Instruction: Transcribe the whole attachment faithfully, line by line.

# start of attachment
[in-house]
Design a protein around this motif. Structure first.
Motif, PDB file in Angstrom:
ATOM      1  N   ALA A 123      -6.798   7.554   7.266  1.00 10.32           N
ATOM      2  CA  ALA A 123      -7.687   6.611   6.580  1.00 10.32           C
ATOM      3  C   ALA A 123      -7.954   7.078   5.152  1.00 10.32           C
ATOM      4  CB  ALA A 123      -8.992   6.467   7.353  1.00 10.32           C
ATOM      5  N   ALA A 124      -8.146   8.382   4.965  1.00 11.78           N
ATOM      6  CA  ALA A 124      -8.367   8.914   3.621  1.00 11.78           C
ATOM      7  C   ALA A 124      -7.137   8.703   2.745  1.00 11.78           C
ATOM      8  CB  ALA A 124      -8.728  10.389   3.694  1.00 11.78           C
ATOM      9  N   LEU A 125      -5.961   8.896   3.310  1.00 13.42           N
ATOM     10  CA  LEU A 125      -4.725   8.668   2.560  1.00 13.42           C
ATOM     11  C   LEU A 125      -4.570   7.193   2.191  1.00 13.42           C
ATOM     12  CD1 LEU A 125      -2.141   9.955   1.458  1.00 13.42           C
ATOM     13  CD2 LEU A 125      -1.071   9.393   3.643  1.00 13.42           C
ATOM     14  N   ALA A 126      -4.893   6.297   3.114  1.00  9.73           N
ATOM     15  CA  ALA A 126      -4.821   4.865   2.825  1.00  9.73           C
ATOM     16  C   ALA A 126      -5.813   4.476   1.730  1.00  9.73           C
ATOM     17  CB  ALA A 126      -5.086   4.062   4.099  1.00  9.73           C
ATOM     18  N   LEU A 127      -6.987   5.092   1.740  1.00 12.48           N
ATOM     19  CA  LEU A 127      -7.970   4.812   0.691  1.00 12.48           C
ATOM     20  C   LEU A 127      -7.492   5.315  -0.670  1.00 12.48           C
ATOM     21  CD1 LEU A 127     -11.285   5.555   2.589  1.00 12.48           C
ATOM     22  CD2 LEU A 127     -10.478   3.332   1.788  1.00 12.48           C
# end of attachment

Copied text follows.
[in-house]
Design a protein around this motif. Structure first.
Motif, PDB file in Angstrom:
ATOM      1  N   ALA A 123      -6.798   7.554   7.266  1.00 10.32           N
ATOM      2  CA  ALA A 123      -7.687   6.611   6.580  1.00 10.32           C
ATOM      3  C   ALA A 123      -7.954   7.078   5.152  1.00 10.32           C
ATOM      4  CB  ALA A 123      -8.992   6.467   7.353  1.00 10.32           C
ATOM      5  N   ALA A 124      -8.146   8.382   4.965  1.00 11.78           N
ATOM      6  CA  ALA A 124      -8.367   8.914   3.621  1.00 11.78           C
ATOM      7  C   ALA A 124      -7.137   8.703   2.745  1.00 11.78           C
ATOM      8  CB  ALA A 124      -8.728  10.389   3.694  1.00 11.78           C
ATOM      9  N   LEU A 125      -5.961   8.896   3.310  1.00 13.42           N
ATOM     10  CA  LEU A 125      -4.725   8.668   2.560  1.00 13.42           C
ATOM     11  C   LEU A 125      -4.570   7.193   2.191  1.00 13.42           C
ATOM     12  CD1 LEU A 125      -2.141   9.955   1.458  1.00 13.42           C
ATOM     13  CD2 LEU A 125      -1.071   9.393   3.643  1.00 13.42           C
ATOM     14  N   ALA A 126      -4.893   6.297   3.114  1.00  9.73           N
ATOM     15  CA  ALA A 126      -4.821   4.865   2.825  1.00  9.73           C
ATOM     16  C   ALA A 126      -5.813   4.476   1.730  1.00  9.73           C
ATOM     17  CB  ALA A 126      -5.086   4.062   4.099  1.00  9.73           C
ATOM     18  N   LEU A 127      -6.987   5.092   1.740  1.00 12.48           N
ATOM     19  CA  LEU A 127      -7.970   4.812   0.691  1.00 12.48           C
ATOM     20  C   LEU A 127      -7.492   5.315  -0.670  1.00 12.48           C
ATOM     21  CD1 LEU A 127     -11.285   5.555   2.589  1.00 12.48           C
ATOM     22  CD2 LEU A 127     -10.478   3.332   1.788  1.00 12.48           C